Graduate Demography Minor
The field of demography is multidisciplinary in focus and practice, drawing on a wide range of social science perspectives. Graduate training at CPC is similarly multidisciplinary and provides students with opportunities to develop fundamental demographic insights and methodological tools, as well as to engage with arguments from a range of perspectives.
Why Study Demography at Cornell?
- New insights: Population dynamics are fundamental to social, economic, political, and environmental change, and an understanding of demographic processes is critical to answering some of our most pressing questions.
- Cutting-edge research: Demographers rely on a broad set of tools for analyzing demographic data, and weekly seminars provide exposure to new developments in data and methods from prominent scholars across the U.S. and abroad.
- Broader community: CPC offers many opportunities to connect students with researchers (students and faculty) in other disciplines using high-quality empirical techniques to answer population-related research questions.
- Additional funding: CPC regularly provides funding for student travel to professional population conferences (e.g., PAA) and offers seed funding to CPC students in need of research support. CPC research is also supported by major grants, and faculty are often looking for GRAs with demographic skills during the academic year and summer months.
2017 Required Workshop Sessions (all on Fridays, 12:00-1:15):
Kelly Musick (PAM) --- Welcome Back and PAA 2018 Prep
Friday, September 1, 12-1:15pm, MVR 142
Michael Lovenheim (PAM) and Laura Tach (PAM) ---
How I Do Demography
Friday, October 6, 12-1:15pm, MVR 153
CAPS Encore Upstate Population Conference (at Syracuse)
Friday, October 20, 10-3:30pm
Patrick Ishizuka (CPC Rhodes Postdoctoral Fellow) ---
External Funding for Graduate Students
Friday, December 8, 12-1:15pm, MVR 142
Peter Rich (PAM) ---
Intro to Spatial Demography and Analytics
Friday, February 2, 12-1:15pm, MVR 142
Nicolas Ziebarth (PAM) ---
Developing a Workflow: Being Productive without Losing your Mind
Friday, March 2, 12-1:15pm, MVR 142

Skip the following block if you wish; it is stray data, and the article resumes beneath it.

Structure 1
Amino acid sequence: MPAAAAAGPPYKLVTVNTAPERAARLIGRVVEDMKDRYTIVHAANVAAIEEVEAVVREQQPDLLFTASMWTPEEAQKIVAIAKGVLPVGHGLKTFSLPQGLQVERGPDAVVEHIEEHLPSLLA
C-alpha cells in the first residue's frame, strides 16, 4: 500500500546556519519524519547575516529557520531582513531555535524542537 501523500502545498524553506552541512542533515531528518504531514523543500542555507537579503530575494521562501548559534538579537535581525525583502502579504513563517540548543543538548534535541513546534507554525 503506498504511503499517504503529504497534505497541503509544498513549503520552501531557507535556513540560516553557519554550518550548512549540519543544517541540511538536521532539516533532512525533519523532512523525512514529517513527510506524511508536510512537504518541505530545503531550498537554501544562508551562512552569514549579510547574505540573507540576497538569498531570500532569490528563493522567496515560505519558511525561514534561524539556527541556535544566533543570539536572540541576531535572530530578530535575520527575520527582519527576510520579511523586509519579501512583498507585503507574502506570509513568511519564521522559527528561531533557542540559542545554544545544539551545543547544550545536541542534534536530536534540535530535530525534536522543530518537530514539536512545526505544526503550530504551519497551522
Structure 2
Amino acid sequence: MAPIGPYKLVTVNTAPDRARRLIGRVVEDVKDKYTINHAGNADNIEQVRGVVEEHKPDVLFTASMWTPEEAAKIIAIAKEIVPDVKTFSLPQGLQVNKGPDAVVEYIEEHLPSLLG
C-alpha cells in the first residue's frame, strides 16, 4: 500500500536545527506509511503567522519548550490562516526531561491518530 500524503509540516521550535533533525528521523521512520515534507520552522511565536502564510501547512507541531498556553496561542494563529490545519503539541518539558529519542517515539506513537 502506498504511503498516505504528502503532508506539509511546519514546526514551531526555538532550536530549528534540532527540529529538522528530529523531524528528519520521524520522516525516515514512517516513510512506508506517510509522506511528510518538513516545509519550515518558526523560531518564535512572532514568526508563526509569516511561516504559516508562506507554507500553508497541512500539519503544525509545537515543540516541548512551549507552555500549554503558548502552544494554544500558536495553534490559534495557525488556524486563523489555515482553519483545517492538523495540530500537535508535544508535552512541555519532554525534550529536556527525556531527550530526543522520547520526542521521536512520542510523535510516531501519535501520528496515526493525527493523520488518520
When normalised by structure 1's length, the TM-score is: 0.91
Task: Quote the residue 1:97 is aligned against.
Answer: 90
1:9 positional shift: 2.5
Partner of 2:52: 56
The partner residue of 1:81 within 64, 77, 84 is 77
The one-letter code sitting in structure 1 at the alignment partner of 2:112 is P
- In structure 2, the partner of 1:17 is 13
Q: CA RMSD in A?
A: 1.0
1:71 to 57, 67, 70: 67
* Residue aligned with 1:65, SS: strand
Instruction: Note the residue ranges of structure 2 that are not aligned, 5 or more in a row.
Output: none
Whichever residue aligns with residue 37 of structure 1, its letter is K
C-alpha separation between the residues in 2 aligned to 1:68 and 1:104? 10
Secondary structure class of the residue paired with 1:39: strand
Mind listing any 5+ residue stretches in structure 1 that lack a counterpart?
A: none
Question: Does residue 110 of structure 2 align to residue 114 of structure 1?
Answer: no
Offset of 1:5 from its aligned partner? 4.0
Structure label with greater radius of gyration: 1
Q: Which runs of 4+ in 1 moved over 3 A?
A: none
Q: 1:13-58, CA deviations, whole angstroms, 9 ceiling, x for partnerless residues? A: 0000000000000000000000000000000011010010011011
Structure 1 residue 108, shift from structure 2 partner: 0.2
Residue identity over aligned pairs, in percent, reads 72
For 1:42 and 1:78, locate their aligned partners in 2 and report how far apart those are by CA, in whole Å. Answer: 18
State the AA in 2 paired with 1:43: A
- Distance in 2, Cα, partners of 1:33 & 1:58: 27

2018 PAA Practice Talks, Wednesday, April 18, 10-2PM, MVR 166
PAA 2018, April 27, 2018
Vida Maralani (SOC) ---
Innovations in Demographic Methods
Friday, May 11, 12-1:15pm, MVR 142
The campus-wide graduate minor in Demography is open to Ph.D. students in all social science fields. To qualify for completion of the minor, students must successfully complete the following courses:
- Principles in Demography (PAM 6050/DSOC 6070): (3 credits)
Provides a conceptual overview for studying population issues and introduces major subfields of study within demography.
- Demographic Techniques (PAM 6060/DSOC 6080): (3 credits)
Develops basic methodological tools in demography, including rate construction, single- and multiple-decrement life tables, and survival analysis.
- Demography Training Seminar (PAM 6810): (1 credit)
Participation in the CPC seminar series and monthly training workshops. Consistent enrollment is encouraged; at least 3 training credits (i.e., 3 semesters) are required.
- Elective course from approved list of CPC courses (see list here*)
Substantive courses that incorporate trainings in demographic techniques or population processes. (*Students may petition for elective course to be added to the list of approved elective courses.)
In addition to these course requirements, graduate minors must include at least one CPC faculty affiliate on their special committee .
How to Apply?
To apply for the minor, contact the CPC Training Director, Matthew Hall.
Graduate Demography Minor Recent Alumni
||Katherine Michelmore is an Assistant Professor, Public Administration and International Affairs at the Maxwell School at Syracuse University. Her current research interests focus on the interaction of public policies and family structure, family demography, and access to higher education. Katherine previously worked as a postdoctoral fellow at the University of Michigan and research assistant at the Urban Institute specializing in Social Security reform policy and forecasting changing demographic patterns in the U.S.